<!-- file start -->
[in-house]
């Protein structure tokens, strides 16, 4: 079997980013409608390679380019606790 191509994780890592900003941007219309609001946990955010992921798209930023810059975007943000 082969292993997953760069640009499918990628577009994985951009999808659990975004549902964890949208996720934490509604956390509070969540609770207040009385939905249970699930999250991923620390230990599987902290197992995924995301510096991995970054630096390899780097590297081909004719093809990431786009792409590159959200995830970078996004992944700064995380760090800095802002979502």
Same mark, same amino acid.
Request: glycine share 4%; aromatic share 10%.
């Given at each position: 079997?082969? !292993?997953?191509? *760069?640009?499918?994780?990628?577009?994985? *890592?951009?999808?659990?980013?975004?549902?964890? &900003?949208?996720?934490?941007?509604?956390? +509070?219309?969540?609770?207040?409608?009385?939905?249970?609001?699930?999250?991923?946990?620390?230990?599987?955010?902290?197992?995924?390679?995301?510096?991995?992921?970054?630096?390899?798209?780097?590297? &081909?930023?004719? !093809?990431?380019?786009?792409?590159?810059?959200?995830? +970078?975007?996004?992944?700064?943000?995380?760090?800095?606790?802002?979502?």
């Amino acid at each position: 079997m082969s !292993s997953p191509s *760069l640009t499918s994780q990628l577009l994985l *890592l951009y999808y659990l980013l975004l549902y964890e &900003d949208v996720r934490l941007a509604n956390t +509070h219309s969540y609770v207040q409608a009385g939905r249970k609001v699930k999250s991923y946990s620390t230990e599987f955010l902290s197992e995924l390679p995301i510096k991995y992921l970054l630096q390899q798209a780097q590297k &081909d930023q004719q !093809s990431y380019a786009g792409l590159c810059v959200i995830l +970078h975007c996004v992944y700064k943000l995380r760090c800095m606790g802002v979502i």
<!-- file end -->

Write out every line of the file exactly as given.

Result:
[in-house]
């Protein structure tokens, strides 16, 4: 079997980013409608390679380019606790 191509994780890592900003941007219309609001946990955010992921798209930023810059975007943000 082969292993997953760069640009499918990628577009994985951009999808659990975004549902964890949208996720934490509604956390509070969540609770207040009385939905249970699930999250991923620390230990599987902290197992995924995301510096991995970054630096390899780097590297081909004719093809990431786009792409590159959200995830970078996004992944700064995380760090800095802002979502």
Same mark, same amino acid.
Request: glycine share 4%; aromatic share 10%.
């Given at each position: 079997?082969? !292993?997953?191509? *760069?640009?499918?994780?990628?577009?994985? *890592?951009?999808?659990?980013?975004?549902?964890? &900003?949208?996720?934490?941007?509604?956390? +509070?219309?969540?609770?207040?409608?009385?939905?249970?609001?699930?999250?991923?946990?620390?230990?599987?955010?902290?197992?995924?390679?995301?510096?991995?992921?970054?630096?390899?798209?780097?590297? &081909?930023?004719? !093809?990431?380019?786009?792409?590159?810059?959200?995830? +970078?975007?996004?992944?700064?943000?995380?760090?800095?606790?802002?979502?």
């Amino acid at each position: 079997m082969s !292993s997953p191509s *760069l640009t499918s994780q990628l577009l994985l *890592l951009y999808y659990l980013l975004l549902y964890e &900003d949208v996720r934490l941007a509604n956390t +509070h219309s969540y609770v207040q409608a009385g939905r249970k609001v699930k999250s991923y946990s620390t230990e599987f955010l902290s197992e995924l390679p995301i510096k991995y992921l970054l630096q390899q798209a780097q590297k &081909d930023q004719q !093809s990431y380019a786009g792409l590159c810059v959200i995830l +970078h975007c996004v992944y700064k943000l995380r760090c800095m606790g802002v979502i």